As Leeds pushed harder for an equaliser, the game became more open and therefore as Leeds looked more likely to score, they also in turn looked more likely to concede. Matt Smith was finally introduced for Doukara and flashed a few headers wide from Sam Byram crosses before Silvestri was again on hand to deny Millwall, this time clutching an angled Scott McDonald strike.

Youngsters Lewis Cook and Dominic Poleon were introduced by Hockaday whilst Millwall threw on Jermaine Easter and new signings Magaye Gueye and Lee Gregory. Smith was starting to win aerial duels in a way that Doukara wasn't and substitute Poleon did manage to latch onto one of these, but his effort was well saved by a sprawling Forde.

However, Millwall did steady a ship that could have seen Leeds steal an equaliser and doubled their lead with four minutes to go. Leeds youngster Cook gave the ball away too close to his own box and despite Silvestri delaying Gregory's direct run, the striker was eventually tripped by Cook with the referee pointing to the spot. Contact did look minimal, but Leeds couldn't co
mplain after getting away with one, if not two valid penalty shouts earlier on. Sean Williams stepped up and converted, sealing three points for Ian Holloway's side.

The familiar feeling of disappointment at five o'clock on a Saturday afternoon is back then and the universal verdict wasn't a good one. Leeds did rally briefly in the second half but it was nowhere near good enough. The first half was as bad as last season, if not worse and despite a few excellent chances in the second half, Millwall never found themselves severely tested. It was defensive mistakes rather than Leeds' attacking play that saw such chances created. Individually, nobody shined. Italian goalkeeper Silvestri was probably the only one to emerge with some pride having made a number of good saves behind a back four bullied far too much by Ricardo Fuller. Stephen Warnock did a good job on a number of occasions of covering his wandering centre halves but found it much tougher to deal with Lee Martin one on one. Despite being a massive fan of the work Michael Tonge does, the veteran midfielder had a shocker and Luke Murphy was nowhere near his best. Austin's game varied as it usually does from the impressive to the incredibly frustrating while the front three were equally frustrated by a resilient Millwall defensive line.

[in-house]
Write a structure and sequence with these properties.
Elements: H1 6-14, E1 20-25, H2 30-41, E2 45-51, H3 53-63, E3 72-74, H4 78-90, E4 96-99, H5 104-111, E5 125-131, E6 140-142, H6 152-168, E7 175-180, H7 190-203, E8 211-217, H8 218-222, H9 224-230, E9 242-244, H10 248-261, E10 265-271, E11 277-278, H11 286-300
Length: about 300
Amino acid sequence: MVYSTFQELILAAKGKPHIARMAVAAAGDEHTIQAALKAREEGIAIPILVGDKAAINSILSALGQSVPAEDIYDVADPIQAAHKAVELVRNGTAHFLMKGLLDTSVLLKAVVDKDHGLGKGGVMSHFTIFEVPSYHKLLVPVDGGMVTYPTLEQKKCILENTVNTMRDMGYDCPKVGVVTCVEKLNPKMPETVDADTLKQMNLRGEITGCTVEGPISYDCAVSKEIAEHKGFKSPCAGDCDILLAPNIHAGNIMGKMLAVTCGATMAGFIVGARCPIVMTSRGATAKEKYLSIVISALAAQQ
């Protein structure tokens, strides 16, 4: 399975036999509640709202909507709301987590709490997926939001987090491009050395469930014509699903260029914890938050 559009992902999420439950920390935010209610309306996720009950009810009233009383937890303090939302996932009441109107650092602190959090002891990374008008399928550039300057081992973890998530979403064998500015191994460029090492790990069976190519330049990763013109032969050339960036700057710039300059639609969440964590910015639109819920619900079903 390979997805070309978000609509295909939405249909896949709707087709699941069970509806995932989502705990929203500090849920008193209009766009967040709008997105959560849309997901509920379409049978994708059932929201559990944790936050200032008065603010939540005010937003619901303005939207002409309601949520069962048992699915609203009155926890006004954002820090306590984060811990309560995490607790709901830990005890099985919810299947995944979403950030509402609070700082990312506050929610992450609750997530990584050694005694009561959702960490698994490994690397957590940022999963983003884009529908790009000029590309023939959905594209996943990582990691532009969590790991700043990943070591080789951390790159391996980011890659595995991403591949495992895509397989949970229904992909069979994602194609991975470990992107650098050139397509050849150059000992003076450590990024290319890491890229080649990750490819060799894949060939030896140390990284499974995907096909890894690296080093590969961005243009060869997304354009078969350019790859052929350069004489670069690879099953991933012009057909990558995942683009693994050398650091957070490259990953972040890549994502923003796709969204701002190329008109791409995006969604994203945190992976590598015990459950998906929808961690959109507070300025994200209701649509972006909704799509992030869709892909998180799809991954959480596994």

I was happier at full time than most having at least seen something to indicate we might not finish bottom with zero points. Hockaday won't be here by November though, some think October.